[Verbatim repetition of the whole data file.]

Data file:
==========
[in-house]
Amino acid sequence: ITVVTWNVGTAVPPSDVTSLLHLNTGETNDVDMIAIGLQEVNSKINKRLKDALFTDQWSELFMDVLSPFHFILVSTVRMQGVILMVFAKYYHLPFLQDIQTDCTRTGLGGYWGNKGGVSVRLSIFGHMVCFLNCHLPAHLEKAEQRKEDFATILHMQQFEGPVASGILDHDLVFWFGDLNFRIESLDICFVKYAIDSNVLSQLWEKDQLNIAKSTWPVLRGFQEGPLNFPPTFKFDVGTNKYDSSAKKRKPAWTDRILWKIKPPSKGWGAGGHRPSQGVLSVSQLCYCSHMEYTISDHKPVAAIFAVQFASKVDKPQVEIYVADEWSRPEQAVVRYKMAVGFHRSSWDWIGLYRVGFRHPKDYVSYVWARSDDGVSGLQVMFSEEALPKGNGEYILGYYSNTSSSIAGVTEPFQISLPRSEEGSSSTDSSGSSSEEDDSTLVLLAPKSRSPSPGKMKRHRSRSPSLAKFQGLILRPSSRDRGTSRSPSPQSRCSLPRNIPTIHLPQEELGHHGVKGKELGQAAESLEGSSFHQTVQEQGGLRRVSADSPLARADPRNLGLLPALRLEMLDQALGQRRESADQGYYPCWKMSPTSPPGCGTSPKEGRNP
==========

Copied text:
[in-house]
Amino acid sequence: ITVVTWNVGTAVPPSDVTSLLHLNTGETNDVDMIAIGLQEVNSKINKRLKDALFTDQWSELFMDVLSPFHFILVSTVRMQGVILMVFAKYYHLPFLQDIQTDCTRTGLGGYWGNKGGVSVRLSIFGHMVCFLNCHLPAHLEKAEQRKEDFATILHMQQFEGPVASGILDHDLVFWFGDLNFRIESLDICFVKYAIDSNVLSQLWEKDQLNIAKSTWPVLRGFQEGPLNFPPTFKFDVGTNKYDSSAKKRKPAWTDRILWKIKPPSKGWGAGGHRPSQGVLSVSQLCYCSHMEYTISDHKPVAAIFAVQFASKVDKPQVEIYVADEWSRPEQAVVRYKMAVGFHRSSWDWIGLYRVGFRHPKDYVSYVWARSDDGVSGLQVMFSEEALPKGNGEYILGYYSNTSSSIAGVTEPFQISLPRSEEGSSSTDSSGSSSEEDDSTLVLLAPKSRSPSPGKMKRHRSRSPSLAKFQGLILRPSSRDRGTSRSPSPQSRCSLPRNIPTIHLPQEELGHHGVKGKELGQAAESLEGSSFHQTVQEQGGLRRVSADSPLARADPRNLGLLPALRLEMLDQALGQRRESADQGYYPCWKMSPTSPPGCGTSPKEGRNP